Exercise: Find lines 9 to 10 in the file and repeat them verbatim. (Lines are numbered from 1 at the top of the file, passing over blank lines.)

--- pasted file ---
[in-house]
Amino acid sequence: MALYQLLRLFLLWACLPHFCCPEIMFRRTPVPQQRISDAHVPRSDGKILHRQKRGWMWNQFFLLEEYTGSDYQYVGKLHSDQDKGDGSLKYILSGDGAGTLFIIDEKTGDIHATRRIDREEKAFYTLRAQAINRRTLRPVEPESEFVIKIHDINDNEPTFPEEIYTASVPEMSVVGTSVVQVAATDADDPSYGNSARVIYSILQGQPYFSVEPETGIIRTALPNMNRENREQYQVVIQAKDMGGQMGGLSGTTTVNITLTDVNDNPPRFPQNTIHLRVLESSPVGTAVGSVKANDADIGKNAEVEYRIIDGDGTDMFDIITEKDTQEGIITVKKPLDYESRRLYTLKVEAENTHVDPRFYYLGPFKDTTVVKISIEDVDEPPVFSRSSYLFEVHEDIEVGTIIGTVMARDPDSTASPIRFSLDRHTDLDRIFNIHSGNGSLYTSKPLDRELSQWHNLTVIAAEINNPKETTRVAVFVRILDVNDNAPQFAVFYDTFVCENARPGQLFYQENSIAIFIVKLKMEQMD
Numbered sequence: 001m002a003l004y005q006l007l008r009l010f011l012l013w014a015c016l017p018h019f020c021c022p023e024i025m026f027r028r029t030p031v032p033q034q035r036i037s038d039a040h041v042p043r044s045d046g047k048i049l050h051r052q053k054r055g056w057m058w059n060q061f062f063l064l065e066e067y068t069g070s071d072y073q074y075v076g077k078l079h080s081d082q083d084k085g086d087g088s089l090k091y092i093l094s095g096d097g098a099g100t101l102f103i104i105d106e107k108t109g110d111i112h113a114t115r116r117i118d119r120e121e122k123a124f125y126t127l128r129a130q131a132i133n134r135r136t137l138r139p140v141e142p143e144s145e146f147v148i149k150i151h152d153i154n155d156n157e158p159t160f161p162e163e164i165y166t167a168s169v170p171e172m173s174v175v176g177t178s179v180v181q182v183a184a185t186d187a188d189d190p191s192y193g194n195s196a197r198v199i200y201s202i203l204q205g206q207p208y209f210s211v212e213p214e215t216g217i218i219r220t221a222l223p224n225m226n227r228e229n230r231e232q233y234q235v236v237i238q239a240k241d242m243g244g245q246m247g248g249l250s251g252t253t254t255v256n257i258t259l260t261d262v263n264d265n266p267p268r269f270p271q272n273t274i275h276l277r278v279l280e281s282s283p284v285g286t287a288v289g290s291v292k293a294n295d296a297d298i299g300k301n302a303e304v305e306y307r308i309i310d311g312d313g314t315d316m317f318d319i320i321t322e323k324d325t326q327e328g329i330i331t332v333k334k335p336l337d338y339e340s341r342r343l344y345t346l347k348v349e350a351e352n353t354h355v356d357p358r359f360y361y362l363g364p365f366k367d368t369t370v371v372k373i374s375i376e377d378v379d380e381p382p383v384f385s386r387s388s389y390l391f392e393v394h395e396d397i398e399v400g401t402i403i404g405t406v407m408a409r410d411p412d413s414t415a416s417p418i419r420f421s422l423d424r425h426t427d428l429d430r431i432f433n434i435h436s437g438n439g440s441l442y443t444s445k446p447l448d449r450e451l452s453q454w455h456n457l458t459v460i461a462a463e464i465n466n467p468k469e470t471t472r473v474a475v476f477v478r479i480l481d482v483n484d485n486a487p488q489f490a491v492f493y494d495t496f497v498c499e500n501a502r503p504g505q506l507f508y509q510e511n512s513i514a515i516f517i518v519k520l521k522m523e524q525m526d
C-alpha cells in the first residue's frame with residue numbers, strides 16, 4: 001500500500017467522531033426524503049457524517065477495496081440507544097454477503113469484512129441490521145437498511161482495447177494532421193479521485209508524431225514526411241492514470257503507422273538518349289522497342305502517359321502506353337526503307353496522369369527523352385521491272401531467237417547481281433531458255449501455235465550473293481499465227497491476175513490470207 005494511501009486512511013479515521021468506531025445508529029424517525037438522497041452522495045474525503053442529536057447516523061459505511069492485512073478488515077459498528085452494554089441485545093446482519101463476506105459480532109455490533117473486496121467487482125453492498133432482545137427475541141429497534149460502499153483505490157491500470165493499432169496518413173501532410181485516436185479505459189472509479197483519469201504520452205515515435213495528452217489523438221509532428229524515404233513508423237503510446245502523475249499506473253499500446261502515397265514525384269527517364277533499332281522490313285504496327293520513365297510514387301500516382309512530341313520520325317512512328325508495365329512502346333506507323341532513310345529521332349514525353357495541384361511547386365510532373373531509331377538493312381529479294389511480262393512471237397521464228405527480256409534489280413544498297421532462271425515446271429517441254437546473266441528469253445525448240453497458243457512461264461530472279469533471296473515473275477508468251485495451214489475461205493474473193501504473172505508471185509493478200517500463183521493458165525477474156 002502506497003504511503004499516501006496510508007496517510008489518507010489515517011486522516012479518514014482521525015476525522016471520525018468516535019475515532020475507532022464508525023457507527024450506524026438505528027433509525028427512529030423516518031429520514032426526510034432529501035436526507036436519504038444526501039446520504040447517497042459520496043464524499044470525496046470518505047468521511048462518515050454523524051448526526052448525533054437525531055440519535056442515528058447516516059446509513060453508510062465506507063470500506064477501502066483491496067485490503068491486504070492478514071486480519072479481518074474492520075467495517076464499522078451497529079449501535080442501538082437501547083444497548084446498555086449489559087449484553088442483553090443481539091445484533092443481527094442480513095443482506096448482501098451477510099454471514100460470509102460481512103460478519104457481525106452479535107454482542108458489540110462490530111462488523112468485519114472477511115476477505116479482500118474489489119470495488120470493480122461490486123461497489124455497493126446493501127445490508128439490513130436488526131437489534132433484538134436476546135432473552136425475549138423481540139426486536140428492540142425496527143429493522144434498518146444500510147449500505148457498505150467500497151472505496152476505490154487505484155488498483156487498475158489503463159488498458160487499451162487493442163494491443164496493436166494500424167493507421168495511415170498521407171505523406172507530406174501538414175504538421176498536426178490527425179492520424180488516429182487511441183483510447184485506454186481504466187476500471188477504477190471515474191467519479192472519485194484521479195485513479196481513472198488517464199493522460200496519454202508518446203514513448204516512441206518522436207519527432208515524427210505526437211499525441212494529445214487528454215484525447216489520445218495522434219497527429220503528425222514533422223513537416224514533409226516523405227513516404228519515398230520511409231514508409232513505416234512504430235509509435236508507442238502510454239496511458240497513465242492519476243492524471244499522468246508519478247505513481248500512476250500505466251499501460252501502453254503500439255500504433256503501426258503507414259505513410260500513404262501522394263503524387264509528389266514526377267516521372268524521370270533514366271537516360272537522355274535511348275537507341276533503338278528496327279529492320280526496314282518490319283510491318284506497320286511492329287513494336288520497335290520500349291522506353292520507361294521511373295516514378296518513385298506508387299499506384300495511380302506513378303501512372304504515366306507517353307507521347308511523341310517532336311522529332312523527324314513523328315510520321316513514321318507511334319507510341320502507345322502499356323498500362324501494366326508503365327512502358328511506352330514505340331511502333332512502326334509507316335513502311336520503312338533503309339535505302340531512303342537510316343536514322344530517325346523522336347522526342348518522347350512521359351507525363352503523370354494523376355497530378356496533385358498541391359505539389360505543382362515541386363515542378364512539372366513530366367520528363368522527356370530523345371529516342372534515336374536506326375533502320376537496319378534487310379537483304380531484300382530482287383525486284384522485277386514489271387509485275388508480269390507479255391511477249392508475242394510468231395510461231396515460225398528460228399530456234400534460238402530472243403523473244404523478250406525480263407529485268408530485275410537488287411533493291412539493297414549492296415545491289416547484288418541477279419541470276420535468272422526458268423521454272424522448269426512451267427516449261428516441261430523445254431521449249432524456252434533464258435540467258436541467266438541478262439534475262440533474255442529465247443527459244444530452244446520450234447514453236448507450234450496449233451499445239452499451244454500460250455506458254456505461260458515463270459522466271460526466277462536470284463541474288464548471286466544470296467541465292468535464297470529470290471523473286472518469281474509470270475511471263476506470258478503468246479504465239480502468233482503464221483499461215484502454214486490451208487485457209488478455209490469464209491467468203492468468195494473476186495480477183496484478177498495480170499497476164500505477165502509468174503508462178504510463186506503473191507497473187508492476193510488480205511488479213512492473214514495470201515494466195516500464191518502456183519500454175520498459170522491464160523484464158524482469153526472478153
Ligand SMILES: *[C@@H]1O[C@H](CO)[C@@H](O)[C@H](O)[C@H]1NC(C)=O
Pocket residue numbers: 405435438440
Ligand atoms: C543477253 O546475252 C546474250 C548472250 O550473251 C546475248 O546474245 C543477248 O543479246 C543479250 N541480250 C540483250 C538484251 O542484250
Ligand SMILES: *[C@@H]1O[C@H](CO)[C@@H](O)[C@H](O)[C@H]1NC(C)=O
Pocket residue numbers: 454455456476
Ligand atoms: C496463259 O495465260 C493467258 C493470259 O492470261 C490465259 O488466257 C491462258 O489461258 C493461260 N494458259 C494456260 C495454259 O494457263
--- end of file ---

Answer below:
Pocket residue numbers: 454455456476
Ligand atoms: C496463259 O495465260 C493467258 C493470259 O492470261 C490465259 O488466257 C491462258 O489461258 C493461260 N494458259 C494456260 C495454259 O494457263